When pooling all obstetric/gynecologic surgery prescriptions, the adjusted mean total MMEs prescribed at discharge decreased by 12.2% (β = −21.64; 95% CI, −32.22 to −11.06; P < .001), and the median MMEs decreased by 12.7% (β = −18.65; 95% CI, −22.00 to −15.30; P < .001) during the quarter of implementation and remained lower at 2 quarters after implementation (median, β = −19.76 [95% CI, −23.44 to −16.05; P < .001]; mean, β = −22.13 [95% CI, −32.66 to −11.59; P < .001]; difference in mean total MMEs was not significant at 4 and 5 quarters after implementation). The mean total number of tablets prescribed decreased by 15.7% (β = −4.63; 95% CI, −5.96 to −3.30), and the median number of tablets decreased by 14.0% (β = −4.86; 95% CI, −5.38 to −4.34) during the quarter of implementation and remained lower at 5 quarters after the CURES mandate (median, β = −3.58 [95% CI, −4.58 to −2.78; P < .001]; mean, β = −3.36 [95% CI, −5.53 to −1.20; P = .002]) (Table 2).

For orthopedic surgery, the adjusted mean total MMEs prescribed at discharge decreased by 9.6% (β = −31.57; 95% CI, −53.91 to −9.22), and the median MMEs decreased by 11.3% (β = −30.59; 95% CI, −40.19 to −21.00) during the quarter of implementation and remained lower at 4 quarters after implementation (median, β = −28.05 [95% CI, −38.66 to −17.45; P < .001]; mean, β = −28.15 [95% CI, −53.94 to −2.37; P = .03]; difference in mean total MMEs was not significant at 5 quarters after implementation). The mean total number of tablets prescribed decreased by 9.2% (β = −4.07; 95% CI, −6.51 to −1.64), and the median total number of tablets decreased by 10.4% (β = −4.06; 95% CI, −5.07 to −3.04) and remained lower at 4 quarters after implementation of the CURES mandate (median, β = −4.06 [95% CI, −5.13 to −2.99; P < .001]; mean, β = −4.10 [95% CI, −7.29 to −0.91; P = .01]) (Table 2). Analysis of the 25th and 75th percentiles of total MMEs and number of tablets prescribed revealed similar results (eTable 2 in the Supplement).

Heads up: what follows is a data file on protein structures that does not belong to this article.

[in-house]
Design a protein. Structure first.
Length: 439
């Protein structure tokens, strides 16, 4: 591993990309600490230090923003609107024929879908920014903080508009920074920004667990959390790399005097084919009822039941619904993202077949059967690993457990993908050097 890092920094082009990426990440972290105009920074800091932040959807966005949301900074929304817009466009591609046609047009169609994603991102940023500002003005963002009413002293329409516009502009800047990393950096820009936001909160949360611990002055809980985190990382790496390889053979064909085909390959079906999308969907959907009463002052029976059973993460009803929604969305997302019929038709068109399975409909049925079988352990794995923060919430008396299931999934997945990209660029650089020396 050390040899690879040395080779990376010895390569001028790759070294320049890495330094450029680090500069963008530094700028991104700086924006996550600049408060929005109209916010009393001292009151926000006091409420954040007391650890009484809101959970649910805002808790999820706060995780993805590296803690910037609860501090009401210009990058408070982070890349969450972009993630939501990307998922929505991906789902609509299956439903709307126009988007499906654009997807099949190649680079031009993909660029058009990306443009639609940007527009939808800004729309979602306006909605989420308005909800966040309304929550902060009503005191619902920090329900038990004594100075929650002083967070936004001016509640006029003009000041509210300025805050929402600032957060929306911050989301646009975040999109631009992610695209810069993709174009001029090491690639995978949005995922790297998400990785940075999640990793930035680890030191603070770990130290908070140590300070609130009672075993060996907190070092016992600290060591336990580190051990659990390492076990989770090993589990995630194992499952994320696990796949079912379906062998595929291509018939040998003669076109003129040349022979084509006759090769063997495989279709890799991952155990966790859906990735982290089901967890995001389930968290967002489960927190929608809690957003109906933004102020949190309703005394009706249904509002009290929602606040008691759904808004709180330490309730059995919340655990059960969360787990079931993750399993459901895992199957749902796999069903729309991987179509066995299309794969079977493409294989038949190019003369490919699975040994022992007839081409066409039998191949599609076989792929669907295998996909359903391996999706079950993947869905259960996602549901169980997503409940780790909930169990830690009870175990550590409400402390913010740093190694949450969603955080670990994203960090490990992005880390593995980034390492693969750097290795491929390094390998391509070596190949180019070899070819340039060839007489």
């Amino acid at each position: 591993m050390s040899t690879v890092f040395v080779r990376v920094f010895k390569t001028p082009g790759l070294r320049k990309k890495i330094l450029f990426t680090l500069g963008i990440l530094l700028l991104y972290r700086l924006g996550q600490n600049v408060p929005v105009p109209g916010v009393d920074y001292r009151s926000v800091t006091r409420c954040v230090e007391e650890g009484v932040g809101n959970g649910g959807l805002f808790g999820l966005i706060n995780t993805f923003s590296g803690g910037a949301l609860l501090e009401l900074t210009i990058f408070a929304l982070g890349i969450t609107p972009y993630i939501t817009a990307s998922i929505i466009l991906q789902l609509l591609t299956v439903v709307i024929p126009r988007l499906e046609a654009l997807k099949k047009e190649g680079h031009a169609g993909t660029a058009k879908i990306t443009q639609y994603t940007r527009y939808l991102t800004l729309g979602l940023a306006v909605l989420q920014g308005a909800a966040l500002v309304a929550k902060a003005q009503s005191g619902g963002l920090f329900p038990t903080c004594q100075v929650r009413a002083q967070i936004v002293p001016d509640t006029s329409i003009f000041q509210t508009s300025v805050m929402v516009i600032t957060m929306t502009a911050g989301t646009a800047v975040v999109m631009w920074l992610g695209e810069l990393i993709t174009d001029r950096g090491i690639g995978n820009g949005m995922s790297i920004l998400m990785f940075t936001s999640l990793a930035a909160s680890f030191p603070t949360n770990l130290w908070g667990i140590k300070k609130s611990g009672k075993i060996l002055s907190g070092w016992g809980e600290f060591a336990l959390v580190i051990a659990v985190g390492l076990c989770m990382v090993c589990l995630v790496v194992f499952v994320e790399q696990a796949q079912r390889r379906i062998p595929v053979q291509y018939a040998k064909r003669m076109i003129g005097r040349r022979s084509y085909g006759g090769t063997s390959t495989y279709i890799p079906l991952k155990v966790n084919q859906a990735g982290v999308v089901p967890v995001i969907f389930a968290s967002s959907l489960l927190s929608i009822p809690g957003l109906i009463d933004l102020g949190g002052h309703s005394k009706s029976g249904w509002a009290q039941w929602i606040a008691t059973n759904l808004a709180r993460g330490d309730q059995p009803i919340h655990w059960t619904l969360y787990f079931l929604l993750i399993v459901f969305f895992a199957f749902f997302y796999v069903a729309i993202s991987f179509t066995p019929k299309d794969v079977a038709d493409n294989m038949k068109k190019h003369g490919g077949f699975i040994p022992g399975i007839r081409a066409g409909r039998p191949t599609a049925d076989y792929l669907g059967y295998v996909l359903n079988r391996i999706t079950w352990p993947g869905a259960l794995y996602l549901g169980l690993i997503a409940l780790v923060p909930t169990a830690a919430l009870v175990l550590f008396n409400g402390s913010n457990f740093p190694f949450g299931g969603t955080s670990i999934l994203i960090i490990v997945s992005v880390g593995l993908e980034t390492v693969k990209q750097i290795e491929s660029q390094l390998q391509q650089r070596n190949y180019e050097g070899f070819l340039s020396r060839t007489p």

Based on the number of procedures performed across the 3 specialties and the effect sizes (shown in Table 2), we estimated that the CURES mandate was associated with more than 100 000 fewer opioid tablets in circulation after 5 quarters of implementation in this health care system alone (eTable 4 in the Supplement).

Laparoscopic Cholecystectomy

Laparoscopic cholecystectomy was the most common general surgical procedure, with 6922 operations performed in the preimplementation period and 2613 in the postimplementation period. The quantity of opioids prescribed at discharge after laparoscopic cholecystectomy followed a decreasing pattern in mean total MMEs prescribed per quarter (Figure 1). In the quarter during which CURES was mandated, the median total MMEs prescribed decreased by one-third, from 150 in the 6 quarters before implementation to 100 during the quarter of implementation (β = −33.33; 95% CI, −38.48 to −28.19; P < .001). The median total number of tablets prescribed decreased from 25 tablets in the quarter before implementation to 20 tablets during the quarter of implementation (β = −10.00; 95% CI, −11.17 to −8.82; P < .001). The median total MMEs and number of tablets prescribed at discharge remained the same in the quarters thereafter, without any further decreases (Figure 1; eTable 3 in the Supplement). Overall, opioid prescribing for laparoscopic cholecystectomy followed the same pattern as the mean for all general surgery prescriptions.